Ah, okay. I’m going to start this by saying that I am not an authority or an expert. I’m still learning myself (and I AM a trans person). And like, I can’t say “this is the right way” because every trans person is an individual, just like every cis person is. But the biggest thing, I think, is empathy. And, at the risk of sounding cheesy, love.
If you don’t want to read my whole blathering, here’s a really good resource on "Writing the Other."
Meeting some trans people would be a help. Like a big one. The biggest one. Listening to them/us. Researching, yeah, but with things like gender and identity you can’t just rely on textbooks or academics (most of which are pretty fucked up in getting facts right anyway). Talk to a bunch. Keep quiet and listen. Don’t speak over. Read their blogs, there are tons and tons on tumblr alone. Have a healthy sense of empathy, openness, and desire to understand.
(Seriously, with the interwebs, there’s a wealth of instant information. If you can access Google, you don’t really have an excuse for not learning.)
Your first step here is going to be researching. All of the above. Doing it with openness and love, listening, and acknowledging that you are going to make mistakes, and that you will learn from them.
And if you’re lucky enough to have a trans person in your life awesome enough to look over what you’ve written, do that. (Lucky me, a bunch of my dearest lovelies are trans as well, and they’ve helped me immeasurably.) But this is not their responsibility to teach. It’s your responsibility to learn. If they offer help, accept it gratefully, but if they don’t want to or feel comfortable, do not push it.
As I said before, I’m not an authority, nor am I immune from messing up. I am a female-assigned-at-birth nonbinary person, and as such I have a passing and basic existence privilege in the trans world that defies description, it’s ridiculous. Because of that, I’m not going to be able to understand someone male-assigned’s experience. If I want to write a character like me (and I will), a female-assigned enby (nonbinary personthing), I’ve got a pretty good idea! But a trans woman’s experience will be extremely different from mine, and she will wade through so much more crap than I can ever imagine. So when I write a trans lady character (as there is one in CM), the best I can do is present her as respectfully as I can, and hope I can write her as the amazing woman she is.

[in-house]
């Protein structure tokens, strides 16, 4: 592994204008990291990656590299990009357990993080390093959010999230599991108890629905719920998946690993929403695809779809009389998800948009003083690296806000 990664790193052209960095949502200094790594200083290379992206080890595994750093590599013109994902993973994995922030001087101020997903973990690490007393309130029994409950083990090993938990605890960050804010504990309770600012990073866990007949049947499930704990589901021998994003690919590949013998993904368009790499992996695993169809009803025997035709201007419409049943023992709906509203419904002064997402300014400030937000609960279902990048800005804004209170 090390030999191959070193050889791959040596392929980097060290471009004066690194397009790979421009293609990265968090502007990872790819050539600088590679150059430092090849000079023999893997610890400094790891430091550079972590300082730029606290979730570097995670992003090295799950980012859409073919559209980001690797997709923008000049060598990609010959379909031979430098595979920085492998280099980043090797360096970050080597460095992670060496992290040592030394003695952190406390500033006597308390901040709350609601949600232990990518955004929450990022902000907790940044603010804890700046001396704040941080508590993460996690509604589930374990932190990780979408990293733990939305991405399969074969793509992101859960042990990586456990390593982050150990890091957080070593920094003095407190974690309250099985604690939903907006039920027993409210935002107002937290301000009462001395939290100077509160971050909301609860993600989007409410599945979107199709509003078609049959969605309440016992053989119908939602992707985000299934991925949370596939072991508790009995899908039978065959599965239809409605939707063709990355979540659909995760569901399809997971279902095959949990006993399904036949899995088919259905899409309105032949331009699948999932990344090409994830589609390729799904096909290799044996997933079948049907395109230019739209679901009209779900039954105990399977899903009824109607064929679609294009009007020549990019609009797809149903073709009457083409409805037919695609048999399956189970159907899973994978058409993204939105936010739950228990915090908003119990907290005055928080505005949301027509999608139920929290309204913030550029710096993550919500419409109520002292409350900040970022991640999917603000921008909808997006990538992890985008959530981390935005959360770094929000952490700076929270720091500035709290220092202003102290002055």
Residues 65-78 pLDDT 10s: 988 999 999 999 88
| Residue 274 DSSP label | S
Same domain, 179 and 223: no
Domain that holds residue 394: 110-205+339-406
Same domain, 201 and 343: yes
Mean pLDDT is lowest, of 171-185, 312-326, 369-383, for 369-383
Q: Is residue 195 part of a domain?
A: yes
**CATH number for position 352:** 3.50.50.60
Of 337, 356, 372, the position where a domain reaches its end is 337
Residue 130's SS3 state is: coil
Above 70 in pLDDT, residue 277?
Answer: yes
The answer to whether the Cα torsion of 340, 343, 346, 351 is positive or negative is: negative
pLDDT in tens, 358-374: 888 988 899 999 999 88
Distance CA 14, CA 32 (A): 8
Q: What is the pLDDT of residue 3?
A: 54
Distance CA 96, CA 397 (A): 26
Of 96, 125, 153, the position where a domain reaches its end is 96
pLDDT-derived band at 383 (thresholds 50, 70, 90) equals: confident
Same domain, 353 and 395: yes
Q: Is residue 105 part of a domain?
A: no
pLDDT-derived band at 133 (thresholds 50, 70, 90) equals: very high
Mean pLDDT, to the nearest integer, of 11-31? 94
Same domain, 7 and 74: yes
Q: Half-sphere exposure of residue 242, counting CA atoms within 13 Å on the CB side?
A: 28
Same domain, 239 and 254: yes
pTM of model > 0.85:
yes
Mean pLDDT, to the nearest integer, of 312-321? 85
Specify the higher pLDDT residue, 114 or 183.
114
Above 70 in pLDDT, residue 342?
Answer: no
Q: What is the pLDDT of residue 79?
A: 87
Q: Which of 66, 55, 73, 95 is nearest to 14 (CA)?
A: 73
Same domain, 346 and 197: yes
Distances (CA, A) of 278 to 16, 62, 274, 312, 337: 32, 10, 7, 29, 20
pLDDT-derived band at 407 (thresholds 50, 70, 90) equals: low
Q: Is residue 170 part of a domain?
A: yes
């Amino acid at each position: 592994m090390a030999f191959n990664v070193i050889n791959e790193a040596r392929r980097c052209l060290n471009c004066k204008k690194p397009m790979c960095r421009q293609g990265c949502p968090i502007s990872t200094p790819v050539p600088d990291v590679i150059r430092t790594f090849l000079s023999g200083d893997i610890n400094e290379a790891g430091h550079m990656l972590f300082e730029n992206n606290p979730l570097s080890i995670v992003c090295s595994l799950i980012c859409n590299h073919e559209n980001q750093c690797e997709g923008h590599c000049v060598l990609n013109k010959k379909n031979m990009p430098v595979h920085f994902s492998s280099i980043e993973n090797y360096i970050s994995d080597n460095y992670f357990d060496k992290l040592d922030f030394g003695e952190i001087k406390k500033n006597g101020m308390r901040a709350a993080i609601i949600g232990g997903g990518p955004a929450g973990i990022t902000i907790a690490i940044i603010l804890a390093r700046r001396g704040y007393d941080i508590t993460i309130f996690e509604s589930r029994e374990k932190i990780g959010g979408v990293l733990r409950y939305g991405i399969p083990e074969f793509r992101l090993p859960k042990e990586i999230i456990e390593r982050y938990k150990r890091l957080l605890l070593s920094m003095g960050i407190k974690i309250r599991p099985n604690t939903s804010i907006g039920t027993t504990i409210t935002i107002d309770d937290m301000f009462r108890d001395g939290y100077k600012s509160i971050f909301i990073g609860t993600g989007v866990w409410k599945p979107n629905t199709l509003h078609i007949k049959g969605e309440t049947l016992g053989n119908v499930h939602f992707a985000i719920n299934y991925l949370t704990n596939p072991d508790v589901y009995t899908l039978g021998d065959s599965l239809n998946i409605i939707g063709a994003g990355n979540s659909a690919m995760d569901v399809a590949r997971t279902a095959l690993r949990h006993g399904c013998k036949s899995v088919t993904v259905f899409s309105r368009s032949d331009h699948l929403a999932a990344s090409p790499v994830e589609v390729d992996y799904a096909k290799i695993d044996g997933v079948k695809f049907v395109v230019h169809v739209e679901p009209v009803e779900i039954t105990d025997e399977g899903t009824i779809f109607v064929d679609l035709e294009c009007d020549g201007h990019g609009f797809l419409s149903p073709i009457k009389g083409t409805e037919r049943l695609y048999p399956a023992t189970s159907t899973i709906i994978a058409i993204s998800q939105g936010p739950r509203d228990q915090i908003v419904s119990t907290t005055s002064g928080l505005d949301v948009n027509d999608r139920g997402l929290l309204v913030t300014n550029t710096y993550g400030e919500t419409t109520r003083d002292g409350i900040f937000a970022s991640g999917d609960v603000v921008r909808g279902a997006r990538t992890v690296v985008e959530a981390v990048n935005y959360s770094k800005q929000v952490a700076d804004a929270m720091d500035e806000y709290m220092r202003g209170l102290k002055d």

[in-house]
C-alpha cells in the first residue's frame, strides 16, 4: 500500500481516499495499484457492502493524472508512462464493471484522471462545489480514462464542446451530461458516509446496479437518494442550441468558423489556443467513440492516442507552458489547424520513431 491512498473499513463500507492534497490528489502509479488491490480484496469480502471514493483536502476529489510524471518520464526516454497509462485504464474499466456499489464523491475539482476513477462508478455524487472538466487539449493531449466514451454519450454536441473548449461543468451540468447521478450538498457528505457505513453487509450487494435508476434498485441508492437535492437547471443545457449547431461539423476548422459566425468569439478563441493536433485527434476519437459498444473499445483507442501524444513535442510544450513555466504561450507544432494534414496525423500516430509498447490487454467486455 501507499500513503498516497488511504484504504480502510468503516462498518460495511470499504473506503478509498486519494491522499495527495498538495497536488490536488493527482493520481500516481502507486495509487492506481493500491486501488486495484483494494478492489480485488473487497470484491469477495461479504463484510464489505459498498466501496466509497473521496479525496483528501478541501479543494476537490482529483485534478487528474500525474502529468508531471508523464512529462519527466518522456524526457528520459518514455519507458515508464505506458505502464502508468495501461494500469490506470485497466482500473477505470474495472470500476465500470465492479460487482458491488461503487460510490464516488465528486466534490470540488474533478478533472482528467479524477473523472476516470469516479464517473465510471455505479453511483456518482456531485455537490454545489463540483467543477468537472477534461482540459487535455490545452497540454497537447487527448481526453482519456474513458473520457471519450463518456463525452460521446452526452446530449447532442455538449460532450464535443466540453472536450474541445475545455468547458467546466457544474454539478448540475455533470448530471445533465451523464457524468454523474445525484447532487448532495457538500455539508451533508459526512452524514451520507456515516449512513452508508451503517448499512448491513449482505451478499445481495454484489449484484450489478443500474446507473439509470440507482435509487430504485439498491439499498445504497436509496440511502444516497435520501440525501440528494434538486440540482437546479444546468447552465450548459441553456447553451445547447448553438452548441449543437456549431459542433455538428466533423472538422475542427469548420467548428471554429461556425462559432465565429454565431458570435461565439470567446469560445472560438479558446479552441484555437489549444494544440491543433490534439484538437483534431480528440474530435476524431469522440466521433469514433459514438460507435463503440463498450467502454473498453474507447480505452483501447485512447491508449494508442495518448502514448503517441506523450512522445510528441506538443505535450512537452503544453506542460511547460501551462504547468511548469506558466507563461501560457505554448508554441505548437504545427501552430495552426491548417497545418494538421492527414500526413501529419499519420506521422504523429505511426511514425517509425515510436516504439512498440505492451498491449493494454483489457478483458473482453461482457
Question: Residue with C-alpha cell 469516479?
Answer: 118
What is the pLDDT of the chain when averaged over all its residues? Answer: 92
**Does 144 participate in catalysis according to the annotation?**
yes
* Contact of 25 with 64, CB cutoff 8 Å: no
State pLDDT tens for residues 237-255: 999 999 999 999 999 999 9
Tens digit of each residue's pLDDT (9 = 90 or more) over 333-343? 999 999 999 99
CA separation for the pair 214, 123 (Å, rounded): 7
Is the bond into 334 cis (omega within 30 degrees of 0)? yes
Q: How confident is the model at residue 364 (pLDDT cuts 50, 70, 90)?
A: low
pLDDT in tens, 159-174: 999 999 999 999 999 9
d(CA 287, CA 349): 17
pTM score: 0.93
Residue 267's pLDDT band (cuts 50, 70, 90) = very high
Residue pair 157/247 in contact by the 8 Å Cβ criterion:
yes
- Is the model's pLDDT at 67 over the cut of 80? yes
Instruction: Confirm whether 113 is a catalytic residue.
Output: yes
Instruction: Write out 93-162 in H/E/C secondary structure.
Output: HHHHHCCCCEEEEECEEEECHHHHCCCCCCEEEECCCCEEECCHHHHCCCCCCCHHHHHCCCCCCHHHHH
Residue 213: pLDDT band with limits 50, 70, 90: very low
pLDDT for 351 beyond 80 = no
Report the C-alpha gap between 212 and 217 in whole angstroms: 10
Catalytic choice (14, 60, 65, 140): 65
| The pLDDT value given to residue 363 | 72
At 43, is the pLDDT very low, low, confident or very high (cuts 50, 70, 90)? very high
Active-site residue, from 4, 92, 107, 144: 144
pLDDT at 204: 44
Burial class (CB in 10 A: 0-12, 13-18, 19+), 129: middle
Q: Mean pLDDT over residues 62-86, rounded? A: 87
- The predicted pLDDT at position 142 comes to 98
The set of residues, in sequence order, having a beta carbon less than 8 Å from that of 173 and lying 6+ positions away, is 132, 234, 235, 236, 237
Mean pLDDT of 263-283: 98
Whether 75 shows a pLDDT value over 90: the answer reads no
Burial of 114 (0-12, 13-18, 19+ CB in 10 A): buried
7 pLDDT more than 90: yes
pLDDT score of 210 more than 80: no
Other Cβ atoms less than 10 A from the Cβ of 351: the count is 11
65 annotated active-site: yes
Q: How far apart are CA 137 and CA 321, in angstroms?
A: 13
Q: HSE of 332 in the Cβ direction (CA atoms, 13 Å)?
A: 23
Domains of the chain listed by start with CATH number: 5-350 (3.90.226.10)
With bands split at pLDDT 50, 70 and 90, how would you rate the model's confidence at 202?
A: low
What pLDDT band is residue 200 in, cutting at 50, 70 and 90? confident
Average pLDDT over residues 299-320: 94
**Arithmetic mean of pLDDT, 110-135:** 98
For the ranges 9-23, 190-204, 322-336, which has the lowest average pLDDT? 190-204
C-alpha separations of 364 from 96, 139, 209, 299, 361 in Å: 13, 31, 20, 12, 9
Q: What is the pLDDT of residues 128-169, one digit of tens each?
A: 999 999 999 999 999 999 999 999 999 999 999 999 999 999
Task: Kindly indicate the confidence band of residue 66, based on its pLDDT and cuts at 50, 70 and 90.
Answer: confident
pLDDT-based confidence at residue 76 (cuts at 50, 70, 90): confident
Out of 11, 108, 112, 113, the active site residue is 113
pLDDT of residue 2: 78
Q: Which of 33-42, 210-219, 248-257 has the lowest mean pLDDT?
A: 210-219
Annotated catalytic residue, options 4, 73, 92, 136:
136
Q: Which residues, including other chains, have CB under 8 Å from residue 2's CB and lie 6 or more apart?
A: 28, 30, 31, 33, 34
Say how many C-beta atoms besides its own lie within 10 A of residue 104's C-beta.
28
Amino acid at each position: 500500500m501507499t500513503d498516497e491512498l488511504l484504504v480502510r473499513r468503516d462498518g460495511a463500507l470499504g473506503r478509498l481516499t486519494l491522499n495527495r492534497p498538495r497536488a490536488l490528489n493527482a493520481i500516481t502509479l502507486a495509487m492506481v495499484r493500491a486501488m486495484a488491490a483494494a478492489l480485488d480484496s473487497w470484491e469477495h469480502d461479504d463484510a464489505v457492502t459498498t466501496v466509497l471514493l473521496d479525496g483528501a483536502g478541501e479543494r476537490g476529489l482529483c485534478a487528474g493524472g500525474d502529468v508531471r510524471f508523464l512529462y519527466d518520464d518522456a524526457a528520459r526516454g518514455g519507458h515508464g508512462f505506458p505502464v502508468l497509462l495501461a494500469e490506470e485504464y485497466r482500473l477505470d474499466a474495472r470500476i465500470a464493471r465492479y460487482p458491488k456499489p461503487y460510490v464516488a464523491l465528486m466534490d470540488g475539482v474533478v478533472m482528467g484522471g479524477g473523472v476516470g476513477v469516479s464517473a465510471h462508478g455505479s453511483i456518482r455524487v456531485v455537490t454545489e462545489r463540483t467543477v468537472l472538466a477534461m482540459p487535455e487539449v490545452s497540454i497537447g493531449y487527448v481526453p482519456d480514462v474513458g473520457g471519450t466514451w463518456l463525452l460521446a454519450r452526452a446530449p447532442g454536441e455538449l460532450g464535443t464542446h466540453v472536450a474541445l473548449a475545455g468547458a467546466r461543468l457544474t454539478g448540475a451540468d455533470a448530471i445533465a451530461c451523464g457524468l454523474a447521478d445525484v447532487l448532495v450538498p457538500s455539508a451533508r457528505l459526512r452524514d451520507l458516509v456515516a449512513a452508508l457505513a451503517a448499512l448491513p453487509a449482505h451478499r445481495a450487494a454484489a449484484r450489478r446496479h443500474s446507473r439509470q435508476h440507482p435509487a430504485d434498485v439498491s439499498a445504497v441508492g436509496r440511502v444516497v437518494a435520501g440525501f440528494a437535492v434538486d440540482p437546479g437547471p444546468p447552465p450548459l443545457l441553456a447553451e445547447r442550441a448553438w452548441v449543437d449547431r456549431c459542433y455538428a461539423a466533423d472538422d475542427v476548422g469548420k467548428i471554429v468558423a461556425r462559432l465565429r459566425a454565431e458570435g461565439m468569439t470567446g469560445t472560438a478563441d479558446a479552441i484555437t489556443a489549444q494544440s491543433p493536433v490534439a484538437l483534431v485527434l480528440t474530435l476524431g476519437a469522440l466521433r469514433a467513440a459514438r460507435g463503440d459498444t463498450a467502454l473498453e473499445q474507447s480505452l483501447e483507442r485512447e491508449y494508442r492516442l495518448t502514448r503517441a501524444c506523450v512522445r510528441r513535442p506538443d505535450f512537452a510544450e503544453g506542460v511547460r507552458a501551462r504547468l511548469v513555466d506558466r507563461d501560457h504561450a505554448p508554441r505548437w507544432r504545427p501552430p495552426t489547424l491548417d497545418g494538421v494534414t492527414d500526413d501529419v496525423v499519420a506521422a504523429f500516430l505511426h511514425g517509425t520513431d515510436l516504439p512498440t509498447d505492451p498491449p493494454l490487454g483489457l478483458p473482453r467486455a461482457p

And when I fuck up - yeah, let’s be honest, when I fuck up, because everybody fucks up sometimes, the sheer amount of cissexist bullshit we’ve been ingrained with is mindboggling and unless you actively try to unlearn this crap, you will keep thinking in the same godawful, hurtful way you’ve been taught. When I fuck up, if I am called out on it (as I expect I will and should be), I will listen. And do better next time. And you do the same.
You’ll mess up. It’s kind of unavoidable. When you do, listen with an open mind and heart, and pick love. When you interact with trans bloggers or friends you make, pick love, and listen to them.
Write all your characters with love. If they’re trans or another marginalized group, maybe give them some extra love they don’t get in real life.
This was an almighty ramble, I’m sorry. It’s something I think a lot about, and this was the first time I’ve actually laid it out in words. I hope it helped at all.
(And as always, followers, if I’ve said something gross or off-point, let me know and I will fix that crap so fast.)